Lazarus joined the department in 1983, a year after she graduated from UCLA with a degree in sociology, LAPD and university records show. After several years as a rank-and-file patrol officer, she was promoted to detective and, in 2006, landed a high-profile assignment with Hrycyk tracking stolen artwork and forgeries. There are references in department publications to Lazarus earning public commendation for her work.
She hardly shunned the spotlight. In a recent LA Weekly profile, Lazarus joked that all she knew about art was that it "hangs on the wall" and that "after working here and seeing all the phony art, I said, 'I can do that.' " Lazarus, who according to police has a young daughter and recently married another LAPD detective, told the newspaper that she had started taking oil-painting classes and had first become interested in art when she visited Europe as a teenager. Last year, she gave interviews after helping capture two men convicted of a string of art thefts in the Wilshire area and in Beverly Hills.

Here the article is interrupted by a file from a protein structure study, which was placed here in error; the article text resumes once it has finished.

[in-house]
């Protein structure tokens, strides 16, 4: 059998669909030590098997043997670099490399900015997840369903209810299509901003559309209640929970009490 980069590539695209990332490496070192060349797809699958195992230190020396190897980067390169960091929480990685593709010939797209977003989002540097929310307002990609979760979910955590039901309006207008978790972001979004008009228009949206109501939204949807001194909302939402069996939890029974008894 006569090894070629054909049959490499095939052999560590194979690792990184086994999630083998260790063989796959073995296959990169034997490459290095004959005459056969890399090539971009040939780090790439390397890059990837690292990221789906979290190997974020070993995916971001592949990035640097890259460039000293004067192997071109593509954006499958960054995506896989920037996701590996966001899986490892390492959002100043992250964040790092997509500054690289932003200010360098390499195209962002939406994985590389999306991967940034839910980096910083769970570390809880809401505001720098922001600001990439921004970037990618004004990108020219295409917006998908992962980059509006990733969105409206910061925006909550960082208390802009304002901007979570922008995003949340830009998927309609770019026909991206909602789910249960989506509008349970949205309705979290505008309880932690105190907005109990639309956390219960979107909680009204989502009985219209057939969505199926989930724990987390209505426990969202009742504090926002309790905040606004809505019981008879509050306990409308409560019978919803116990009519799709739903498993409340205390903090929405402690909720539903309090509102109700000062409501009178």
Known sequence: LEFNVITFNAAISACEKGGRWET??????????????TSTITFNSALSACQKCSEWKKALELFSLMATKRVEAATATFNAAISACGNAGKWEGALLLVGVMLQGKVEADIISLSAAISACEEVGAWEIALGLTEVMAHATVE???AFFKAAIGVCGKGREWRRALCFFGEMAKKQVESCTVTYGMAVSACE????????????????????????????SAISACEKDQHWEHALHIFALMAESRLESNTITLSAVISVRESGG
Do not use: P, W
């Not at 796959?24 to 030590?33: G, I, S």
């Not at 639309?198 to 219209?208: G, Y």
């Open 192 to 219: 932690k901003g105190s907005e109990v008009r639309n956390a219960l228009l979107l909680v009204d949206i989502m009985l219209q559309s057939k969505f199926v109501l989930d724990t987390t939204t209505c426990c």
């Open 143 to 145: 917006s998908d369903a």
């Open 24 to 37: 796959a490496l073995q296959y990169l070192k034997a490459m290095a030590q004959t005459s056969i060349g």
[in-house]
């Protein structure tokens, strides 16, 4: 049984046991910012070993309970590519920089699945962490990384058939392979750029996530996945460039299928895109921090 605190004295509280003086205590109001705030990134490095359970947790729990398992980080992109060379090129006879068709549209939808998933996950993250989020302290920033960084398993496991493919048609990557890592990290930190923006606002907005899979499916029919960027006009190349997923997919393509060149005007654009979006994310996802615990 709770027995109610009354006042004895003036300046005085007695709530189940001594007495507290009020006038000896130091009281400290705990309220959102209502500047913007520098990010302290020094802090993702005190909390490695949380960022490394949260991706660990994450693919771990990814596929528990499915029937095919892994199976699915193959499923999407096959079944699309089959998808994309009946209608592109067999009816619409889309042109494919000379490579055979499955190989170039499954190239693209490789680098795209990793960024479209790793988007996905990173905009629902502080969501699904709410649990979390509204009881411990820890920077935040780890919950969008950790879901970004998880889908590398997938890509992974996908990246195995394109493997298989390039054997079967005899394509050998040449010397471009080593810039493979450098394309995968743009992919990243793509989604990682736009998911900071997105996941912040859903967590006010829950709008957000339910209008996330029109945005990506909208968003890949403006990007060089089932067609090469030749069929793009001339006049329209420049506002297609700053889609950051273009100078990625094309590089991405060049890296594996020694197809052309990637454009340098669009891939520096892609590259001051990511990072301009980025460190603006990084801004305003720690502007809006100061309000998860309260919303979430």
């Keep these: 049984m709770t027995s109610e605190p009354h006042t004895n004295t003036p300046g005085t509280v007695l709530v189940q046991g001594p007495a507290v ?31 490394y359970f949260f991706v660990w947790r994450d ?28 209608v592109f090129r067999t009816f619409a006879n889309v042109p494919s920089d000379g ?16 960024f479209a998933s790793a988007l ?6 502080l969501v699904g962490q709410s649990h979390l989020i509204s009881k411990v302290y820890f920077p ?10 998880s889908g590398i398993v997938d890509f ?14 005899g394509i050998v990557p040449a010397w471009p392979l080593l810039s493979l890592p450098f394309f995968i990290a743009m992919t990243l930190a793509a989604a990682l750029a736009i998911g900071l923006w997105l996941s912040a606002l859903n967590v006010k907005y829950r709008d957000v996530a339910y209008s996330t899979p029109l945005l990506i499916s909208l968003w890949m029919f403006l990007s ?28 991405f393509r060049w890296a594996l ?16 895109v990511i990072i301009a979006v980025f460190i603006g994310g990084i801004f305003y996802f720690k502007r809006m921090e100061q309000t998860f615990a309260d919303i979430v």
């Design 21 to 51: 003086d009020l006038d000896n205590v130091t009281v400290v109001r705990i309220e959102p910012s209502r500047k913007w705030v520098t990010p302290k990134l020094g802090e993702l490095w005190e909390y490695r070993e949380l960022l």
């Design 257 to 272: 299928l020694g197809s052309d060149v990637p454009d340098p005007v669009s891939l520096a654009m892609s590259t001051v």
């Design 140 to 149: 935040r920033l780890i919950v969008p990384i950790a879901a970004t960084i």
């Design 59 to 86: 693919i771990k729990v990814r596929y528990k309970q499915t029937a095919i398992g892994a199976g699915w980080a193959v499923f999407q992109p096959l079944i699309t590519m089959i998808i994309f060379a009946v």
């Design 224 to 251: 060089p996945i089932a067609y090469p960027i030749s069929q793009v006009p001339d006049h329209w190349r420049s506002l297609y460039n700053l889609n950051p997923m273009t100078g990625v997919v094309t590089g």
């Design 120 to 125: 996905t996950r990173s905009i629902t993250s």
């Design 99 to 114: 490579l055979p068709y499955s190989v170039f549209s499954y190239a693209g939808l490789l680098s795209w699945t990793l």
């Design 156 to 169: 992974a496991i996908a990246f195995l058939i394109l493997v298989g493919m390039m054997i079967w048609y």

Until her death, Rasmussen was director of critical-care nursing at Glendale Adventist Medical Center. Her slaying stunned colleagues, who referred to her as a vital member of the staff, according to news reports. On the day she was killed, she had reportedly stayed home from work after straining her back in an aerobics class. In an article about the family's reward, her father said Rasmussen had entered college at 16 and had taught for a period at UCLA.